All the combat is limited to the R1 button, the L1 button, and the right stick with R2 and L2 being unbound.
Had they utilized those triggers to maybe account for light and heavy attacks or differentiate between kicks and punches or both, they could have introduced some much-needed depth.
You also can't touch enemies while they're on the ground which just simplifies things further and though there are melee weapons in the game, which could add some much-needed complexity, they're bafflingly way too clunky and slow to use so it's almost never worth using them.
The pick up weapon button is the same button as block so you'll accidentally be picking up weapons all the time which is less than ideal and when you duel wield things get even worse.
If you're running at full speed while dual wielding, attacks simply won't register, you have to stop to attack and it feels awful.
I thought this was a bug at first but having finished the game twice with different copies of the game, both emulated and on a physical PS2, it's just how the game is.
Still though I want to emphasize that this is a fun combat system, it just doesn't need to be as simple as it is.
Hant to hand combat isn't Rise to Honours only gameplay pillar though with shootouts taking up a smaller chunk at a game, and the obsession with the right stick continues here.
Flick it towards enemies to lock-on, never run out of ammo or even reload, and just run around amongst the chaos.
They're easy spectacle sections that are again overly simple but they're an exciting way to break up the game.
You can even use your ability meter to go full Hong Kong action movie with a slo-mo Max Payne dive which is as effective as it is cool.
Then there's the stealth sections taking up an even smaller amount of the game.
Simple, line-of-sight, instant game over if you're caught affairs which don't allow any margin for error and make you play exactly how they want you to.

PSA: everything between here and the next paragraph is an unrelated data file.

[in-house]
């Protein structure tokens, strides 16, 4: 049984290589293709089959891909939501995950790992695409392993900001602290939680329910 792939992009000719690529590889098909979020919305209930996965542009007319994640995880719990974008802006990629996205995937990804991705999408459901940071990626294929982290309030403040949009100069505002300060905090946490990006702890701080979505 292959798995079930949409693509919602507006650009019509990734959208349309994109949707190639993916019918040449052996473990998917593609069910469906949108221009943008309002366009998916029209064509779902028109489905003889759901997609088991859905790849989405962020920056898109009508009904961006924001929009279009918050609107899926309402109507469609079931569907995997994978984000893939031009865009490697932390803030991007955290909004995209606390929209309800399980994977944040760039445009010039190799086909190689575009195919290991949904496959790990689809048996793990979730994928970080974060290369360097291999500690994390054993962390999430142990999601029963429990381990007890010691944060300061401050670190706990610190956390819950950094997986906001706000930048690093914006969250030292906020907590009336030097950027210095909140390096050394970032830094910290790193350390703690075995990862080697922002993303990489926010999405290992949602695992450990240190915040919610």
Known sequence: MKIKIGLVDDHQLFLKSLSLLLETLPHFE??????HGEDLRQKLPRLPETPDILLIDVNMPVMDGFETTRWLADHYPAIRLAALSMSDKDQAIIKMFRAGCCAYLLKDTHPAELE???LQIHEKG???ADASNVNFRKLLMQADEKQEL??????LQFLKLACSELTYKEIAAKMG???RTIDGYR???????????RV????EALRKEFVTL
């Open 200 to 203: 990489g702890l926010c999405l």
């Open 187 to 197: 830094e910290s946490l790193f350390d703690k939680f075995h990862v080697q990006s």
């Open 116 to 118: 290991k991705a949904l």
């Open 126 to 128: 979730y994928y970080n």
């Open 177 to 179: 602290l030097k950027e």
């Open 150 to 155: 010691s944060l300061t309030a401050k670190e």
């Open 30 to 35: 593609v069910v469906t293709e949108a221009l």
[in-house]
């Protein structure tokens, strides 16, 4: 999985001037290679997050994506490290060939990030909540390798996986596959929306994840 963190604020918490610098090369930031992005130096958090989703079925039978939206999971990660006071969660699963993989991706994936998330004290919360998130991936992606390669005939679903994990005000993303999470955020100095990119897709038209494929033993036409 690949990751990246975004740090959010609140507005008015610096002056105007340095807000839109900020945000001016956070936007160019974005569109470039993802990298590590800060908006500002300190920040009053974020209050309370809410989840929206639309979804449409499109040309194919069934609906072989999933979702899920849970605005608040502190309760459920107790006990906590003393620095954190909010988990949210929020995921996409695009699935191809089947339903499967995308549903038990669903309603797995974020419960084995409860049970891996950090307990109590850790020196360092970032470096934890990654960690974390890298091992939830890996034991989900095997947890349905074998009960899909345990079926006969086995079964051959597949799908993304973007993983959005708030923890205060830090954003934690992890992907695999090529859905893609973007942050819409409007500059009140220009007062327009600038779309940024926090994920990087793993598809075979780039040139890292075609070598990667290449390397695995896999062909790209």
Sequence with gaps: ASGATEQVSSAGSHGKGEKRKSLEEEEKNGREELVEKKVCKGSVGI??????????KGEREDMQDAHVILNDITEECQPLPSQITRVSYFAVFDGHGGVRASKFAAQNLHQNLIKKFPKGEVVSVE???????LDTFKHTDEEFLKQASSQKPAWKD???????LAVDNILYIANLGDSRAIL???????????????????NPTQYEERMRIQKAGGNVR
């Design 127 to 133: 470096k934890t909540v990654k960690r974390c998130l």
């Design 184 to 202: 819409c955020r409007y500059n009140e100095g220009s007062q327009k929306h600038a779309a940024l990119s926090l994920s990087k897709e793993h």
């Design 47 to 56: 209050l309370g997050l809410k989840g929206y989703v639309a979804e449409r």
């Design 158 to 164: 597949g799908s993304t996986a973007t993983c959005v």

Like the rest of the game they're very straightforward but unfortunately these are very, very frustrating.
You move too slowly and though the enemies do just loop back and forth over and over again, the patterns they take often so bizarre that you actually need to wait around to watch an entire loop because they'll consistently get spooked by nothing at the same time in every loop and turn around to check on things.
There's actually only three stealth sections in the entire game but they're so annoying that it feels there's more and the final two are in really dull industrial type areas which doesn't help.
I actually didn't mind the first one simply because of the setting and we got to hear some great enemy banter including this fourth wall breaking conversation.
“It's Frankie's birthday next week he wants that Rise to Honour game” “oh yeah I saw the commercial for that one it looks really good” Susie won't get it for him unless he gets an A on his biology final” “buy it anyway Frankie's a smart kid” “Susie would kill me” “what a wimp” As the game goes on the frustration sadly extends beyond just the stealth levels.
The difficulty begins to skyrocket, and because the fighting system is so simple it feels more like you need to exploit tricks to beat the game.
I swear to god that the final goon fight was designed around you needing to figure out that you have to spam wall flips just to beat it and the boss battles, as much as I love their character, definitely err on the side of cheap and unfair.
They'll dodge absolutely everything you throw at them so it's all about figuring out the one thing the game wants you to do whether it's drowning them to fill up your ability meter or waiting for them to play out that one certain combo so you can get a hit in rather than them testing your skills in any way.
It's just complete trial and error.
So with the game mechanically being very simple, and with it being frustrating at times especially near the end, it's no surprise that critics weren't to crash hot on this – especially because it's only six hours long and it was hyped up so much.
As a value proposition buying a somewhat frustrating six hour long game on release simply isn't very appealing.
But despite all this I really really enjoyed my time with Rise to Honour.
If you're a 'game play is the only thing that matters' sort of person then stay far far away, you won't like this game and that's completely valid, however if you're like me and you can look past these hang-ups there is a lot to love here.
There was a big push in the early 2000s to make video games that were a cinematic experience particularly from Sony.
You had the live action PS2 adverts made to look film like with directors like David Lynch, you had games like The Getaway removing any form of a heads-up display, upping the production with the cutscenes and borderline parrodying British gangster flicks, and you had games like ICO doing the same HUD-less thing and using a flowing restricted camera to look more cinematic.
Rise to Honour does have a small heads-up display that you can turn off and like I said it does restrict camera movement to good cinematic effect but it's the breakneck pace and barrage of cutscenes short and long that give it its cinematic flair.